From the date of their respective incarcerations, the suspects were prevented from seeing a lawyer for 21 days, the maximum amount of time allotted to interrogators when the investigation at hand is considered a “ticking time bomb scenario.”
The court’s decision last week detailed how Ben-Uliel remained silent for the first 17 days of questioning, at which point the Shin Bet began a series of “necessary interrogations” in which agents were authorized to use enhanced methods against him under the pretext that another attack might be imminent.
The exact details regarding what went on during two such “necessary interrogations” were largely kept confidential, but the court decision reveals that one lasted seven hours and the other five hours.
What the judges did include in their ruling was the testimony of “Miguel,” who headed the team of investigators. Miguel told the court that after trying some of the tactics on himself, he considered them to be “painful or even very painful.”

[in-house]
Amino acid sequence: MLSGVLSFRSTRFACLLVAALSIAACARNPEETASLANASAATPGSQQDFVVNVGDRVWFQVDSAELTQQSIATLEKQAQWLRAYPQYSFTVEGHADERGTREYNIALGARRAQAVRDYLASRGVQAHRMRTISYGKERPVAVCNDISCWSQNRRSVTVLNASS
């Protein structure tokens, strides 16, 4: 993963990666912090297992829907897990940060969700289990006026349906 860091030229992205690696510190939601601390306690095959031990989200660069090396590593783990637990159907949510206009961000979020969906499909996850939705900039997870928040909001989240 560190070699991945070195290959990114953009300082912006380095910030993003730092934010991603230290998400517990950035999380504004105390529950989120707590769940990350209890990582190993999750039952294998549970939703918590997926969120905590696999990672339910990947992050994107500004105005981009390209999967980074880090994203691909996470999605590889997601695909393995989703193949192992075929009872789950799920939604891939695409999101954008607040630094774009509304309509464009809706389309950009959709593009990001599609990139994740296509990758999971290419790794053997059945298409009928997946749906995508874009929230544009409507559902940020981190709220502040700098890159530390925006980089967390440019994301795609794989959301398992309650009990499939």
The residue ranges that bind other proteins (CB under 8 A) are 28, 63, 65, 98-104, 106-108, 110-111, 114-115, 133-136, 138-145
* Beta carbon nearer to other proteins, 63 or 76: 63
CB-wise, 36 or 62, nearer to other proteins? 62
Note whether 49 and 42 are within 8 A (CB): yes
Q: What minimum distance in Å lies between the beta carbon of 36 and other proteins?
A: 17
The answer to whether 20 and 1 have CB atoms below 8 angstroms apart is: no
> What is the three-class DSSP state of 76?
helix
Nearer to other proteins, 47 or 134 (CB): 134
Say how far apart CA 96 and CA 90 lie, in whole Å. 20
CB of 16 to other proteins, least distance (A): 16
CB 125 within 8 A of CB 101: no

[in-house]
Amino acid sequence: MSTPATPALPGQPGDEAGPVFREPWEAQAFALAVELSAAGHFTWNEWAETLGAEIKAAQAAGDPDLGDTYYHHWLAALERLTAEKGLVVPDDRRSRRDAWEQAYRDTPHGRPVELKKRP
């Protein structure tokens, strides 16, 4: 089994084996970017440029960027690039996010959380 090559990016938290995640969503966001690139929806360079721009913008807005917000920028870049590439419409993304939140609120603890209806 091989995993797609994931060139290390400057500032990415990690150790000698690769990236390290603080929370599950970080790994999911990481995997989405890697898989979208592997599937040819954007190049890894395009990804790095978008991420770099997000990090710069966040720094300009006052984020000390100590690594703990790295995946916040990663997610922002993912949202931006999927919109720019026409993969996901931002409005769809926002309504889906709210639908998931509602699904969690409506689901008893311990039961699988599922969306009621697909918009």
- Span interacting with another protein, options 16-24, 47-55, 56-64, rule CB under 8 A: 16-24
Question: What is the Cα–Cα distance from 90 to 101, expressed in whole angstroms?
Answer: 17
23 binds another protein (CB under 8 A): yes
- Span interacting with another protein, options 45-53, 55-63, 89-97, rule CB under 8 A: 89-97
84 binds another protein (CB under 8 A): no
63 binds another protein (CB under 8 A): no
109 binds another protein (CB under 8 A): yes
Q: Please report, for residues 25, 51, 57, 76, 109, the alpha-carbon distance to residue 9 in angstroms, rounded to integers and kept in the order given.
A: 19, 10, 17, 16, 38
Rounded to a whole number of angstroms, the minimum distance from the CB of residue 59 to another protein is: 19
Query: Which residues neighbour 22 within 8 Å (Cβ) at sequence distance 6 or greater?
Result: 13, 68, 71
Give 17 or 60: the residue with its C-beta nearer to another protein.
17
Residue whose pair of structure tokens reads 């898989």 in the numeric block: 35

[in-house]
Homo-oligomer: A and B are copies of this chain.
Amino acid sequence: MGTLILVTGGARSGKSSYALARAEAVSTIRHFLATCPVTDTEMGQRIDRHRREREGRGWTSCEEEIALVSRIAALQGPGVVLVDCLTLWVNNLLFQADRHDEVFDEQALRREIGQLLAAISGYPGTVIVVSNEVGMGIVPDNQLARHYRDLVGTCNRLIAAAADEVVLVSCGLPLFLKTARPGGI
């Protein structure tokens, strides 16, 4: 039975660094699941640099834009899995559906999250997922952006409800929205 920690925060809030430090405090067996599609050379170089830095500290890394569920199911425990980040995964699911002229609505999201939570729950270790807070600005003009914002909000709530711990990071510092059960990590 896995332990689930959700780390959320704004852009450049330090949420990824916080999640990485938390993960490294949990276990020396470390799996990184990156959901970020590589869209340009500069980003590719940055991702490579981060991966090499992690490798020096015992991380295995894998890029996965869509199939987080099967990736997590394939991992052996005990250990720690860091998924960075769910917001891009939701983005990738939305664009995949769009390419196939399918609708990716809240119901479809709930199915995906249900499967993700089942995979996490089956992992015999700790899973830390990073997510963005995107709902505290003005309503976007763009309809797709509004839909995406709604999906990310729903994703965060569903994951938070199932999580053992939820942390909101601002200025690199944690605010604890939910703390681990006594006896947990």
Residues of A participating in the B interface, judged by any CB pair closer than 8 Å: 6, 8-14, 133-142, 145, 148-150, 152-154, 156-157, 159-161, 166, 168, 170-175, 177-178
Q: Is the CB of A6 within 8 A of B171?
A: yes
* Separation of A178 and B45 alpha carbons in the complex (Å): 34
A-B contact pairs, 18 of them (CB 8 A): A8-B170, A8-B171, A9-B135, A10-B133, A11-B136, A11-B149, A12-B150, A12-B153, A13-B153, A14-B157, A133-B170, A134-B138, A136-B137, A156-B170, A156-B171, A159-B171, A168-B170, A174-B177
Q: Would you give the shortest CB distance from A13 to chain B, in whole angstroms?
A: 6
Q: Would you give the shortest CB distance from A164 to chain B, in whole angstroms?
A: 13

During both of the “necessary interrogations” conducted on him, Ben-Uliel confessed to having carried out the attack. Both of these confessions were thrown out by the judges last week.
Jailhouse informant exercise
Following the first extension of the minor’s remand on November 26, 2015, police transferred the 17-year-old to a detention facility in Acre. There, the entire prison was mobilized for an elaborate exercise aimed at compelling the suspect to confess.
The minor was placed in a cell with four inmates. In one neighboring cell were several other “Jewish prisoners” and in a third one nearby was a group of “Arab convicts.”
As part of the exercise, a fight was staged between the inmates, which climaxed when one of the Jewish prisoners “stabbed” an Arab prisoner.
The man playing the stabber had shared a cell with the minor, who witnessed the smuggling of the knife that was used in the staged stabbing.
Pretending to be worried that the teen would turn on him, the cellmate demanded that the minor give information on some of the crimes he committed so that neither would have an upper hand on the other.
The boy initially refused.